Returning employees to the workplace based on their individual health risk is a return-to-work strategy being pursued by just shy of half of businesses, with 46 per cent staggering their employees' return based on the criticality of their role to the business.
The indications come from a survey conducted by recruiter Robert Walters. These also suggest that 44 per cent of firms plan to reduce office space, a third intend to change their office layouts while a quarter will phase their employees’ return based on the local infection rate.
Among other strategies being pursued are the creation of smaller work groups (40 per cent), changing work hours (34 per cent), a voluntary return scheme (33 per cent), and the splitting of work shifts (28 per cent).
“A return to the office brings about many perks, including social inclusion, better workplace collaboration, a separation of home life, and a reinforcement of company values,” said Robert Walters’ director Lucy Bisset.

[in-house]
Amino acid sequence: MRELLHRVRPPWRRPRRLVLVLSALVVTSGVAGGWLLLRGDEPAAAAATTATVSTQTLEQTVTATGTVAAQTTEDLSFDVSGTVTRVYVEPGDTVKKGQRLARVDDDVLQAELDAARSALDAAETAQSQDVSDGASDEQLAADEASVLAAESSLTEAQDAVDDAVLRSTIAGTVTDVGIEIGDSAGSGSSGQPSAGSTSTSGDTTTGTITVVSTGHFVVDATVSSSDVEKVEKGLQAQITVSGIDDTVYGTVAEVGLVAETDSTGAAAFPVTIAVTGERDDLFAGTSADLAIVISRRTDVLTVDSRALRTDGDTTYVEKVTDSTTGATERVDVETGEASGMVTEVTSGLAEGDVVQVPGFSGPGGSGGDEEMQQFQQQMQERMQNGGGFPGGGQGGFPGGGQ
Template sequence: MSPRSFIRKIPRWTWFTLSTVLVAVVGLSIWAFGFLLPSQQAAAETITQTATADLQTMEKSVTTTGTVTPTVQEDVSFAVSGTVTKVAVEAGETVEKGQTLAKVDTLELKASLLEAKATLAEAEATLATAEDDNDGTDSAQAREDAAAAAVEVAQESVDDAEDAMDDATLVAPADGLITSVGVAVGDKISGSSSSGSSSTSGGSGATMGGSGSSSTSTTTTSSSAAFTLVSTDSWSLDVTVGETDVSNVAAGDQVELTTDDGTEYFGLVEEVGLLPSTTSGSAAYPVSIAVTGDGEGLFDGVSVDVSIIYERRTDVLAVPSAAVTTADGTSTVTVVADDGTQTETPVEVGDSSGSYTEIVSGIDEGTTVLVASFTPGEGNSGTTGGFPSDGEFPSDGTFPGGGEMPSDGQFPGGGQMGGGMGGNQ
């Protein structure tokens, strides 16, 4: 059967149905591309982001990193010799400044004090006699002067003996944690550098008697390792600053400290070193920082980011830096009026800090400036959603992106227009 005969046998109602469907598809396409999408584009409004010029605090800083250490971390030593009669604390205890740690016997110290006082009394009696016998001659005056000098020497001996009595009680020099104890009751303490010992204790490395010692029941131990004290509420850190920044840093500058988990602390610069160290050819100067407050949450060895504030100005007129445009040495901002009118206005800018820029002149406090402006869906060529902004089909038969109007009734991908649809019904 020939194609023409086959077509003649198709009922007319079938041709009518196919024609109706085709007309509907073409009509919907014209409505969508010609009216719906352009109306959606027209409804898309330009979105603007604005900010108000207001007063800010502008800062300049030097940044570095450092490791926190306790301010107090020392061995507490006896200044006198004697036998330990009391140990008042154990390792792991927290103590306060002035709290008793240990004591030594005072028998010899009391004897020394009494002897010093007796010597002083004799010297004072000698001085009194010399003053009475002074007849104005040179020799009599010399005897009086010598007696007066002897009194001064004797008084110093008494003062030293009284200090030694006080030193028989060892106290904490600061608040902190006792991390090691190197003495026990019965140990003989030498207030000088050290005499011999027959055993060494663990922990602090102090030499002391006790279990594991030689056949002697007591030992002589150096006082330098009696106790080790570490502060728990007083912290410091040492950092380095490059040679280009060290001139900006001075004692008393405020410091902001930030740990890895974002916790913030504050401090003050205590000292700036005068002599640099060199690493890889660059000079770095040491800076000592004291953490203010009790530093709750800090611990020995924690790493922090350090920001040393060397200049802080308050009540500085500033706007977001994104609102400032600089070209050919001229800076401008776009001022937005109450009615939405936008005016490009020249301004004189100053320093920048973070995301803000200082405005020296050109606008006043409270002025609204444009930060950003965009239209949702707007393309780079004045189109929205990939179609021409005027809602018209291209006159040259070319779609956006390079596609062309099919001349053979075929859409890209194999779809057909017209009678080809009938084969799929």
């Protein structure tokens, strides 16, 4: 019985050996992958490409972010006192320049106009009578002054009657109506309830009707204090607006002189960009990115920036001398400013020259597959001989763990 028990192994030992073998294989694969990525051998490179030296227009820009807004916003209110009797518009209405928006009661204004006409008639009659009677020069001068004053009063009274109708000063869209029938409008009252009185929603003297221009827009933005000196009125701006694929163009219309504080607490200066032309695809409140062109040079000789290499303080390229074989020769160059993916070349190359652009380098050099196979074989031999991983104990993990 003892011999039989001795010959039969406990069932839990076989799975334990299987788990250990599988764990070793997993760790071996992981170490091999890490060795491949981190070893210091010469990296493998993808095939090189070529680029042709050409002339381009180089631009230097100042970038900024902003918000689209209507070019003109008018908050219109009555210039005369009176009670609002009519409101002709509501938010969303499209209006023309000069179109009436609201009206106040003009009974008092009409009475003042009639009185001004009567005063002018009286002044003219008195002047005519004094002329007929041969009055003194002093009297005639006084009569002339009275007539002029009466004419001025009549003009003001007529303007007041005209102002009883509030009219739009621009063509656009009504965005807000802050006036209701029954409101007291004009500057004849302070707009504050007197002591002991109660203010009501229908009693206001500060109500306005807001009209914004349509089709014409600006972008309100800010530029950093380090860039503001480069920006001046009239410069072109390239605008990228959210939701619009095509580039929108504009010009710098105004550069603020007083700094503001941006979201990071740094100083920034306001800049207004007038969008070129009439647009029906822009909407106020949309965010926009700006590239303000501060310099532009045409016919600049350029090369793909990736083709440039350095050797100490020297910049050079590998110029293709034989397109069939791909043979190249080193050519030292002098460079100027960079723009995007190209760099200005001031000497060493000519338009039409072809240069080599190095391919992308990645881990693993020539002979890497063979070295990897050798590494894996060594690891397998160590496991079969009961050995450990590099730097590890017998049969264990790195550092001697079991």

“What employers need to do is merge the perks of office life with what people have been enjoying about working from home; for example - flexi-hours, a relaxed atmosphere, and avoidance of busy commute times.”
A third of companies admitted that they had not yet considered what their return to work strategy might be.
Remote management training requirement
As well as measures to welcome employees back to the workplace, three-quarters of those surveyed admitted that their senior team had not been equipped to manage teams remotely and that they now need training to adapt to new ways of working. When asked, participants said they needed training on being more empathetic to work-life balance (74 per cent), focusing on outcomes rather than work hours (65 per cent), improving on virtual communication (57 per cent), a better understanding of mental health and wellbeing (52 per cent), and creating a more collaborative environment (36 per cent).
The global findings are published in a white paper entitled Returning to the New World of Work.
Image credit | iStock
“A return to the office brings about many perks, including social inclusion, better workplace collaboration, a separation of home life, and a reinforcement of company values”